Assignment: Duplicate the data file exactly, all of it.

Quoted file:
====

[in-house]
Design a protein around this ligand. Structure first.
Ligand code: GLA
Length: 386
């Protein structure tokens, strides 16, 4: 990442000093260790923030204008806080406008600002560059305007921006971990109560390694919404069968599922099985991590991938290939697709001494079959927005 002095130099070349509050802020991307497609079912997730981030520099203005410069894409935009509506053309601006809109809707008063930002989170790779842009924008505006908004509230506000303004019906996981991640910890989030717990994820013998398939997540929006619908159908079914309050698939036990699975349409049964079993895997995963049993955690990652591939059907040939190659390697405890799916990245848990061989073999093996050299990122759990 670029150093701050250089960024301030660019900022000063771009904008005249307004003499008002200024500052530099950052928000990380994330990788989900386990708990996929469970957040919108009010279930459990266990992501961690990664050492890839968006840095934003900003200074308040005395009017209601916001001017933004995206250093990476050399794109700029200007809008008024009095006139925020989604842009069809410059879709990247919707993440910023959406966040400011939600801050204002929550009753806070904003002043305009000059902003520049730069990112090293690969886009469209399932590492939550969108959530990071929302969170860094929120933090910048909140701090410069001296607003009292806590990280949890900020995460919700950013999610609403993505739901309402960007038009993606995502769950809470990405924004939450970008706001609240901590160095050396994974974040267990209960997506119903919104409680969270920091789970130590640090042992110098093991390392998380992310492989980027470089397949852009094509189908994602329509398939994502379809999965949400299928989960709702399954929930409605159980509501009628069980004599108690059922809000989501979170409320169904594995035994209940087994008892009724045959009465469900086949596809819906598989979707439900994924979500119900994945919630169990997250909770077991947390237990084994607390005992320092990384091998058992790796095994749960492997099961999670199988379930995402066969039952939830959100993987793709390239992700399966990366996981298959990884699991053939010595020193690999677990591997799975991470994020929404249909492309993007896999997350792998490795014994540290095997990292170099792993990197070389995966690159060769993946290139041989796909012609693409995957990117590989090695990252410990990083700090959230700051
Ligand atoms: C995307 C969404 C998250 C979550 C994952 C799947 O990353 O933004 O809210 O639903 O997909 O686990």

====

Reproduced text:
[in-house]
Design a protein around this ligand. Structure first.
Ligand code: GLA
Length: 386
């Protein structure tokens, strides 16, 4: 990442000093260790923030204008806080406008600002560059305007921006971990109560390694919404069968599922099985991590991938290939697709001494079959927005 002095130099070349509050802020991307497609079912997730981030520099203005410069894409935009509506053309601006809109809707008063930002989170790779842009924008505006908004509230506000303004019906996981991640910890989030717990994820013998398939997540929006619908159908079914309050698939036990699975349409049964079993895997995963049993955690990652591939059907040939190659390697405890799916990245848990061989073999093996050299990122759990 670029150093701050250089960024301030660019900022000063771009904008005249307004003499008002200024500052530099950052928000990380994330990788989900386990708990996929469970957040919108009010279930459990266990992501961690990664050492890839968006840095934003900003200074308040005395009017209601916001001017933004995206250093990476050399794109700029200007809008008024009095006139925020989604842009069809410059879709990247919707993440910023959406966040400011939600801050204002929550009753806070904003002043305009000059902003520049730069990112090293690969886009469209399932590492939550969108959530990071929302969170860094929120933090910048909140701090410069001296607003009292806590990280949890900020995460919700950013999610609403993505739901309402960007038009993606995502769950809470990405924004939450970008706001609240901590160095050396994974974040267990209960997506119903919104409680969270920091789970130590640090042992110098093991390392998380992310492989980027470089397949852009094509189908994602329509398939994502379809999965949400299928989960709702399954929930409605159980509501009628069980004599108690059922809000989501979170409320169904594995035994209940087994008892009724045959009465469900086949596809819906598989979707439900994924979500119900994945919630169990997250909770077991947390237990084994607390005992320092990384091998058992790796095994749960492997099961999670199988379930995402066969039952939830959100993987793709390239992700399966990366996981298959990884699991053939010595020193690999677990591997799975991470994020929404249909492309993007896999997350792998490795014994540290095997990292170099792993990197070389995966690159060769993946290139041989796909012609693409995957990117590989090695990252410990990083700090959230700051
Ligand atoms: C995307 C969404 C998250 C979550 C994952 C799947 O990353 O933004 O809210 O639903 O997909 O686990």